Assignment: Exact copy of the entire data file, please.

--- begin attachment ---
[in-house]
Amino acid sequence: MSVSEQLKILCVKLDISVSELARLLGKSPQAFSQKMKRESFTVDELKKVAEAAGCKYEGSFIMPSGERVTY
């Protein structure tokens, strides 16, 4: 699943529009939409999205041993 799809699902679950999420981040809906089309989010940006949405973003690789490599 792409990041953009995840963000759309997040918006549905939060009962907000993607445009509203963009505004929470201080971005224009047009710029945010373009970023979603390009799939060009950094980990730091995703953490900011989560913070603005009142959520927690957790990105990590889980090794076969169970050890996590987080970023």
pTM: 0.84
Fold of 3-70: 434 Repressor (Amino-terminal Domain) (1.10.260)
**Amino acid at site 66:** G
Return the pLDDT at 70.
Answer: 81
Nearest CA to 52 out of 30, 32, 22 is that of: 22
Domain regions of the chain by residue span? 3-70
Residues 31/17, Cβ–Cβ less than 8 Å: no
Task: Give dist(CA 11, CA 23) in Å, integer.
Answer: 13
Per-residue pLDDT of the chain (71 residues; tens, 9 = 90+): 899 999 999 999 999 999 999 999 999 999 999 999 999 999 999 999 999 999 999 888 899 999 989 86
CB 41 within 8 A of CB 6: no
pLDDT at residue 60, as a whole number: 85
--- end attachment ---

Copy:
[in-house]
Amino acid sequence: MSVSEQLKILCVKLDISVSELARLLGKSPQAFSQKMKRESFTVDELKKVAEAAGCKYEGSFIMPSGERVTY
């Protein structure tokens, strides 16, 4: 699943529009939409999205041993 799809699902679950999420981040809906089309989010940006949405973003690789490599 792409990041953009995840963000759309997040918006549905939060009962907000993607445009509203963009505004929470201080971005224009047009710029945010373009970023979603390009799939060009950094980990730091995703953490900011989560913070603005009142959520927690957790990105990590889980090794076969169970050890996590987080970023």
pTM: 0.84
Fold of 3-70: 434 Repressor (Amino-terminal Domain) (1.10.260)
**Amino acid at site 66:** G
Return the pLDDT at 70.
Answer: 81
Nearest CA to 52 out of 30, 32, 22 is that of: 22
Domain regions of the chain by residue span? 3-70
Residues 31/17, Cβ–Cβ less than 8 Å: no
Task: Give dist(CA 11, CA 23) in Å, integer.
Answer: 13
Per-residue pLDDT of the chain (71 residues; tens, 9 = 90+): 899 999 999 999 999 999 999 999 999 999 999 999 999 999 999 999 999 999 999 888 899 999 989 86
CB 41 within 8 A of CB 6: no
pLDDT at residue 60, as a whole number: 85